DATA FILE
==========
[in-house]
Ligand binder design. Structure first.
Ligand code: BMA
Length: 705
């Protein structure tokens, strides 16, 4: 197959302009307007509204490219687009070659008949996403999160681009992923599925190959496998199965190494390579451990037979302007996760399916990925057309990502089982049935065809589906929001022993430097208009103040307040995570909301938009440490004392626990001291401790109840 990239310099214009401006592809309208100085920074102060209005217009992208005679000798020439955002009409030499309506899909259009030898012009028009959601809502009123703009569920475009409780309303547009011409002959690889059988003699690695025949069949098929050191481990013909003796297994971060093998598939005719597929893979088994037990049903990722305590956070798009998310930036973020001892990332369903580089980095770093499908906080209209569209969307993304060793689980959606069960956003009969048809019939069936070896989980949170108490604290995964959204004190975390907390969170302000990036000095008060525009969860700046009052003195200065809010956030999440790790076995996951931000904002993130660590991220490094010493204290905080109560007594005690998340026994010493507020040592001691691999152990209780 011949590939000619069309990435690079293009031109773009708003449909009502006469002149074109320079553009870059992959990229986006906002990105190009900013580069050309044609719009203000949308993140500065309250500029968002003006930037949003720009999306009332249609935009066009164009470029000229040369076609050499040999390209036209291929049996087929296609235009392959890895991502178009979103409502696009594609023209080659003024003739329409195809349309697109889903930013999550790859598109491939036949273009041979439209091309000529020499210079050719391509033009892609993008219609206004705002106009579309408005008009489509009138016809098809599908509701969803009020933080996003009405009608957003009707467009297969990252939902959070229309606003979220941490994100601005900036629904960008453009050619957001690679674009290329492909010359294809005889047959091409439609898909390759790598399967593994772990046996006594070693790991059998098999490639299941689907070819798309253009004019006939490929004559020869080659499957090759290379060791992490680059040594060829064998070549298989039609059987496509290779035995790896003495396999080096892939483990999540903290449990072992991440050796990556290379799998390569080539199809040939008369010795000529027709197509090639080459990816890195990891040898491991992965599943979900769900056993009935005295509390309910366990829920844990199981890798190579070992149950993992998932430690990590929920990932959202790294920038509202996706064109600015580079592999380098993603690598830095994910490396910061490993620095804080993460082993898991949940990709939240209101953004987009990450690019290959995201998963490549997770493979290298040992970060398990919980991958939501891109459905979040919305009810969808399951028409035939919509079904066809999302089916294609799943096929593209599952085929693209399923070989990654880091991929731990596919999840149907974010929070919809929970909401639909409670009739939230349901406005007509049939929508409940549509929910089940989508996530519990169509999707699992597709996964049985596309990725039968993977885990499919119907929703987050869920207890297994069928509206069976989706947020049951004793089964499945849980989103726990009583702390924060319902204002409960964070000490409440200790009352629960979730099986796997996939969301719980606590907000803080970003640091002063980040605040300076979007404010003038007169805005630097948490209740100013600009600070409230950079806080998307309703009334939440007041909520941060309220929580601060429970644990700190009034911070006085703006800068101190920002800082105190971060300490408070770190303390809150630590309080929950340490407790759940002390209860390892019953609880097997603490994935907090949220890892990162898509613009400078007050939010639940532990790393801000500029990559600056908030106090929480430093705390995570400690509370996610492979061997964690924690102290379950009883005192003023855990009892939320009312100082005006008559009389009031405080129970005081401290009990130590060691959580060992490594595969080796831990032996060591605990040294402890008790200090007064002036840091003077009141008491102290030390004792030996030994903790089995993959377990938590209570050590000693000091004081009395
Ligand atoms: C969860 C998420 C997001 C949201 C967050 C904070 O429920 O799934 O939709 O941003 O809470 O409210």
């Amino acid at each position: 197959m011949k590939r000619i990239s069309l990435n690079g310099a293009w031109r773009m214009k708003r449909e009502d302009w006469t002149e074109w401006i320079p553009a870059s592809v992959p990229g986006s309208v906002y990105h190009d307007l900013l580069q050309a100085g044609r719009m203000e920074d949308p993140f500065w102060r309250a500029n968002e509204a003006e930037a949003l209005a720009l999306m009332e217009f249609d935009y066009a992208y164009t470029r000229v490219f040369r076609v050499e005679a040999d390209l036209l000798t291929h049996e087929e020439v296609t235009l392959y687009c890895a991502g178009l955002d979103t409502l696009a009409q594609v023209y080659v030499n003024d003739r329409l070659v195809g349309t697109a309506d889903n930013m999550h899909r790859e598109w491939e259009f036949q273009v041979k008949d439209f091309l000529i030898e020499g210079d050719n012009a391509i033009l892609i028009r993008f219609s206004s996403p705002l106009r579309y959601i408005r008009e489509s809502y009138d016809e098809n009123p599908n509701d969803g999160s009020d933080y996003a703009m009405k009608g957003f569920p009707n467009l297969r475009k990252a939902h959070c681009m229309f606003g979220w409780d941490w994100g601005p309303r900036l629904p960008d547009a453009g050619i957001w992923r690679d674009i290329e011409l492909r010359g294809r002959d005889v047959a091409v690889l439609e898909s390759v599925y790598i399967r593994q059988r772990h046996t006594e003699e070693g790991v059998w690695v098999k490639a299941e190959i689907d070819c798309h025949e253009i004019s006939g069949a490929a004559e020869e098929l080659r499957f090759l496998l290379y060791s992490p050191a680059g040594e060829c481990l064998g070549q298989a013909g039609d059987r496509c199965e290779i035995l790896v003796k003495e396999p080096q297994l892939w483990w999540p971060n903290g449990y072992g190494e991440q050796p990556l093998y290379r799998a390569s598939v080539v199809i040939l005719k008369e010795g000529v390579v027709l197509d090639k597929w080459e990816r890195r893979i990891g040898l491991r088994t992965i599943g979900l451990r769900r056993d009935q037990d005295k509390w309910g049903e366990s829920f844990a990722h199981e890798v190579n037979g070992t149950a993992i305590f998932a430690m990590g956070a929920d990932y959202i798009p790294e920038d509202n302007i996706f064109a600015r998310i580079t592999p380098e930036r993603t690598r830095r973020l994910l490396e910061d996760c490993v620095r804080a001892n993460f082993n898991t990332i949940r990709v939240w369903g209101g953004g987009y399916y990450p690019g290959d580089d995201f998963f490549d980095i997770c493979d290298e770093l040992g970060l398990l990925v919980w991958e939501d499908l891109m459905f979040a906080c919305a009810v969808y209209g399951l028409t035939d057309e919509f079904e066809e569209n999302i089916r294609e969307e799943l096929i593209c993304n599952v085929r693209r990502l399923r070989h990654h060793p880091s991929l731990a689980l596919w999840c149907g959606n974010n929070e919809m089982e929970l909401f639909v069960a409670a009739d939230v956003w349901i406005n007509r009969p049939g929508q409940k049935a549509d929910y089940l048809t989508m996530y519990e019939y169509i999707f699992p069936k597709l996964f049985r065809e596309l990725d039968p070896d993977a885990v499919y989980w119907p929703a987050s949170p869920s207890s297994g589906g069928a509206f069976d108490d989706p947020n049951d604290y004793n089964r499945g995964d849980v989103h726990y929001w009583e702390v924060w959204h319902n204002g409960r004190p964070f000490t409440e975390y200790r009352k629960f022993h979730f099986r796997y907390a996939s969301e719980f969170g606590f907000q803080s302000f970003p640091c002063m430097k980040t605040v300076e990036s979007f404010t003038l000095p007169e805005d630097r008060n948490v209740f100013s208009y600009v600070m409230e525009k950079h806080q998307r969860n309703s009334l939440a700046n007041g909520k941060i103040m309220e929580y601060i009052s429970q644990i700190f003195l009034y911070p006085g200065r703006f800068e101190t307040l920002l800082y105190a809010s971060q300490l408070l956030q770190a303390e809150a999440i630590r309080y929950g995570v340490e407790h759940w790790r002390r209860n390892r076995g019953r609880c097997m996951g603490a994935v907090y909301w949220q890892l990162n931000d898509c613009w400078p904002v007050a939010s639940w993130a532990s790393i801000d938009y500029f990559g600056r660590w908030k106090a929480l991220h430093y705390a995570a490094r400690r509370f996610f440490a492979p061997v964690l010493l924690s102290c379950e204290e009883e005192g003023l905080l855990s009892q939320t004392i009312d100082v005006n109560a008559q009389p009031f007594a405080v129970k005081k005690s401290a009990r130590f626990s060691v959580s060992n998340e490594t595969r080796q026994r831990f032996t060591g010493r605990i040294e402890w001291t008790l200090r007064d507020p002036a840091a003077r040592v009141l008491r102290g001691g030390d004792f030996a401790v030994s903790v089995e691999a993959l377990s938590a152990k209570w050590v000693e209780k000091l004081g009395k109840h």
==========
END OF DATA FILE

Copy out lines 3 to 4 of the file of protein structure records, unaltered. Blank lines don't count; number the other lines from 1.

Ligand code: BMA
Length: 705